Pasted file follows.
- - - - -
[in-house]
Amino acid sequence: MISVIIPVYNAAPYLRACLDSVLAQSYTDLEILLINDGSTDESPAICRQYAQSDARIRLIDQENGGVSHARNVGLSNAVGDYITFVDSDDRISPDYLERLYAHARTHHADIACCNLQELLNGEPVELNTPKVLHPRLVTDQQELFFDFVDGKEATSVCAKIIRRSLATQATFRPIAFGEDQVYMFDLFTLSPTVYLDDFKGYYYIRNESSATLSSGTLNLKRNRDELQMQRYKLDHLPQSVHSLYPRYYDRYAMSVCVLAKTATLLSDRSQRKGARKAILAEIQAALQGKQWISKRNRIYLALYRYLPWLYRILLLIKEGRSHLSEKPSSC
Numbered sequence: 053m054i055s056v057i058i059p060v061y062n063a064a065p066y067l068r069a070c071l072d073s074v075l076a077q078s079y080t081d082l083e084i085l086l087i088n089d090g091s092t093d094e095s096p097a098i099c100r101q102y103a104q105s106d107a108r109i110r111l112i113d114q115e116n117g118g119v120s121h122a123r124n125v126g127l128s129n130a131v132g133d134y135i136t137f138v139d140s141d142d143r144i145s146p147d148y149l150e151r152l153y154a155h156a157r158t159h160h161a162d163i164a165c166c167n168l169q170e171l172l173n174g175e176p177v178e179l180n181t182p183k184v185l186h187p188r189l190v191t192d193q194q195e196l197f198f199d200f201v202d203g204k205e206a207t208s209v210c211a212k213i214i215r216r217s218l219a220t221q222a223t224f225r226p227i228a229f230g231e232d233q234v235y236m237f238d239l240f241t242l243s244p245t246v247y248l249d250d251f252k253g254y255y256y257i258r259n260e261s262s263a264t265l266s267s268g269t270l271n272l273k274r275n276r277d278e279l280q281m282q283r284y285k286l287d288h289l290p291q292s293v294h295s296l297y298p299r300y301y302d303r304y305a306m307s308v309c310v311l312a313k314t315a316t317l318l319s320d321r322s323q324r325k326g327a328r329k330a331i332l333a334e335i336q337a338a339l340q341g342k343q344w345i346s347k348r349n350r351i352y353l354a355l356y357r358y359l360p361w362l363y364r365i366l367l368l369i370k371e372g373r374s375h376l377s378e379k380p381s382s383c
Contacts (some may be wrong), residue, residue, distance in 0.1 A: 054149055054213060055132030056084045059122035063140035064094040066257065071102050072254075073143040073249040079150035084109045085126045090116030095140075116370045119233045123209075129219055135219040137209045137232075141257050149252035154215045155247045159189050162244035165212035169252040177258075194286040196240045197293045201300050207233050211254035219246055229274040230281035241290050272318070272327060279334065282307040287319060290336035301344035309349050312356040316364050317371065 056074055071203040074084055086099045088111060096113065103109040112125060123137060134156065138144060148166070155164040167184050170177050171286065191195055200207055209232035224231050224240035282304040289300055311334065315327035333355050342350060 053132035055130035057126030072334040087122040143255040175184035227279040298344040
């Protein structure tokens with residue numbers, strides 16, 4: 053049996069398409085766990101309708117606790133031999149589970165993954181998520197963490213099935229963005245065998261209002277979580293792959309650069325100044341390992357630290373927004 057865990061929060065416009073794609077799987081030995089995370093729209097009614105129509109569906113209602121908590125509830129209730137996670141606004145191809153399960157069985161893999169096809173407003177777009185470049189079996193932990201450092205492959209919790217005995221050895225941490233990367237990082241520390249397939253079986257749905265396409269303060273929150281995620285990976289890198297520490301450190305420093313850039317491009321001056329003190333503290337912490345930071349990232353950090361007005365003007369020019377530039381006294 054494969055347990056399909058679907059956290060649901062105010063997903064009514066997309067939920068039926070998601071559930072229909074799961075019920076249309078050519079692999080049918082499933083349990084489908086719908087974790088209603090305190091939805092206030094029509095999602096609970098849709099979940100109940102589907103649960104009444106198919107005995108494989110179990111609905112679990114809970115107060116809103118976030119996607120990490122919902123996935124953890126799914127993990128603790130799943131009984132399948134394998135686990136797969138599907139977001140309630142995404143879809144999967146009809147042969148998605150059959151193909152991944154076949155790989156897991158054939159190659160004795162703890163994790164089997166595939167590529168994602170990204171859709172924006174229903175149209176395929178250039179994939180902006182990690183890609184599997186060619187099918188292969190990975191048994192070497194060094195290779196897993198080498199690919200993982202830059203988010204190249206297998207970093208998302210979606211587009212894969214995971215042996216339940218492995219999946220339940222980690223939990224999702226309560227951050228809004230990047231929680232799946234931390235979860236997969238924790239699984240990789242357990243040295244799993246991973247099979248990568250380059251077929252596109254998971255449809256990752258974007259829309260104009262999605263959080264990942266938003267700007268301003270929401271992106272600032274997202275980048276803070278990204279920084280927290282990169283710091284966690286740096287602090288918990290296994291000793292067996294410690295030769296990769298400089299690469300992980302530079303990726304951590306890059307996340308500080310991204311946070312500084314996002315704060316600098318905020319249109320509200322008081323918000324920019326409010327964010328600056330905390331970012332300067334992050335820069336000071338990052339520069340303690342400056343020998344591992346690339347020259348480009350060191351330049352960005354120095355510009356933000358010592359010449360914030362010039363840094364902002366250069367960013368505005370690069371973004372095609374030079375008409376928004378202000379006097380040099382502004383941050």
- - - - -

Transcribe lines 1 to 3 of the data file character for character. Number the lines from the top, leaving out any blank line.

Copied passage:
[in-house]
Amino acid sequence: MISVIIPVYNAAPYLRACLDSVLAQSYTDLEILLINDGSTDESPAICRQYAQSDARIRLIDQENGGVSHARNVGLSNAVGDYITFVDSDDRISPDYLERLYAHARTHHADIACCNLQELLNGEPVELNTPKVLHPRLVTDQQELFFDFVDGKEATSVCAKIIRRSLATQATFRPIAFGEDQVYMFDLFTLSPTVYLDDFKGYYYIRNESSATLSSGTLNLKRNRDELQMQRYKLDHLPQSVHSLYPRYYDRYAMSVCVLAKTATLLSDRSQRKGARKAILAEIQAALQGKQWISKRNRIYLALYRYLPWLYRILLLIKEGRSHLSEKPSSC
Numbered sequence: 053m054i055s056v057i058i059p060v061y062n063a064a065p066y067l068r069a070c071l072d073s074v075l076a077q078s079y080t081d082l083e084i085l086l087i088n089d090g091s092t093d094e095s096p097a098i099c100r101q102y103a104q105s106d107a108r109i110r111l112i113d114q115e116n117g118g119v120s121h122a123r124n125v126g127l128s129n130a131v132g133d134y135i136t137f138v139d140s141d142d143r144i145s146p147d148y149l150e151r152l153y154a155h156a157r158t159h160h161a162d163i164a165c166c167n168l169q170e171l172l173n174g175e176p177v178e179l180n181t182p183k184v185l186h187p188r189l190v191t192d193q194q195e196l197f198f199d200f201v202d203g204k205e206a207t208s209v210c211a212k213i214i215r216r217s218l219a220t221q222a223t224f225r226p227i228a229f230g231e232d233q234v235y236m237f238d239l240f241t242l243s244p245t246v247y248l249d250d251f252k253g254y255y256y257i258r259n260e261s262s263a264t265l266s267s268g269t270l271n272l273k274r275n276r277d278e279l280q281m282q283r284y285k286l287d288h289l290p291q292s293v294h295s296l297y298p299r300y301y302d303r304y305a306m307s308v309c310v311l312a313k314t315a316t317l318l319s320d321r322s323q324r325k326g327a328r329k330a331i332l333a334e335i336q337a338a339l340q341g342k343q344w345i346s347k348r349n350r351i352y353l354a355l356y357r358y359l360p361w362l363y364r365i366l367l368l369i370k371e372g373r374s375h376l377s378e379k380p381s382s383c